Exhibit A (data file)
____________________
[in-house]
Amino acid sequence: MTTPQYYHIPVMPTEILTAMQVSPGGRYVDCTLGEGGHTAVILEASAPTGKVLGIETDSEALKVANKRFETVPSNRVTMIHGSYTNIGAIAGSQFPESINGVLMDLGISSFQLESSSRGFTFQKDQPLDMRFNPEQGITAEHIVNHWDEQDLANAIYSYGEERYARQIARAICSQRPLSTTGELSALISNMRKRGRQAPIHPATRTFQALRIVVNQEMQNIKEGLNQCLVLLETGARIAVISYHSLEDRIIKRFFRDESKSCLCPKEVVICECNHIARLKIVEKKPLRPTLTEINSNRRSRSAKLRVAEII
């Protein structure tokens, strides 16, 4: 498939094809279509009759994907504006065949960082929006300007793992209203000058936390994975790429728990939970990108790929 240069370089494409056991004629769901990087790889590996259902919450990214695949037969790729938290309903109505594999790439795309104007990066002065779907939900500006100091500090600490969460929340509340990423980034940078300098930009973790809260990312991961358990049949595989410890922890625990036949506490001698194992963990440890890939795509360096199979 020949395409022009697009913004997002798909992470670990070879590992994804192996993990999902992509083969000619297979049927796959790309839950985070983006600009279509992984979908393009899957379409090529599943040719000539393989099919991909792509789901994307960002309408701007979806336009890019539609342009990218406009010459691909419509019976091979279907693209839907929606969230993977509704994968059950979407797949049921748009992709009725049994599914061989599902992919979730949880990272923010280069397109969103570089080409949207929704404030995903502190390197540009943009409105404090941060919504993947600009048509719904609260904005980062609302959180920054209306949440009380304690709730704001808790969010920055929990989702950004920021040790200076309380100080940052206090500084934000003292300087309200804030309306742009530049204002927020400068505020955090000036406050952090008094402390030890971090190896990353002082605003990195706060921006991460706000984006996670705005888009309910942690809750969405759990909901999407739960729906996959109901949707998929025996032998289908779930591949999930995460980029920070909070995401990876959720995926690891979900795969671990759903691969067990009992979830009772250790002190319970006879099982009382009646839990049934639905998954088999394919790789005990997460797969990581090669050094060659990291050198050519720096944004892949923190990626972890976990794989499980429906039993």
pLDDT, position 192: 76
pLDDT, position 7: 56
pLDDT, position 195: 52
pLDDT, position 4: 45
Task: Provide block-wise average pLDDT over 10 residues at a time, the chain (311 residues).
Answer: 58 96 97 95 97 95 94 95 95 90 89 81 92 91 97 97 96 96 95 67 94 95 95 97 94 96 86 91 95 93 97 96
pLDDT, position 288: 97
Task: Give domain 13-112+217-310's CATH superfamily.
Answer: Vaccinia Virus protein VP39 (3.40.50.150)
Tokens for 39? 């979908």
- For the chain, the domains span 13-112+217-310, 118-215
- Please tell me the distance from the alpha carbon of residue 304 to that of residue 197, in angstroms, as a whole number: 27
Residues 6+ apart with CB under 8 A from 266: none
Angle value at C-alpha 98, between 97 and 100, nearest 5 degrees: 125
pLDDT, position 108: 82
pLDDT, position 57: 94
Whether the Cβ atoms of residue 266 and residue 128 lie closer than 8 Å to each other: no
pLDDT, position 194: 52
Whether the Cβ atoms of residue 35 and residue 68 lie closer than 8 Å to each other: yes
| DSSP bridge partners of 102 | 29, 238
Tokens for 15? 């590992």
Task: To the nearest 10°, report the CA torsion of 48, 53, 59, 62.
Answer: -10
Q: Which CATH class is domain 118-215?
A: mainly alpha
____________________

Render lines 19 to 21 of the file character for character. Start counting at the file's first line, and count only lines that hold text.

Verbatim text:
pLDDT, position 57: 94
Whether the Cβ atoms of residue 266 and residue 128 lie closer than 8 Å to each other: no
pLDDT, position 194: 52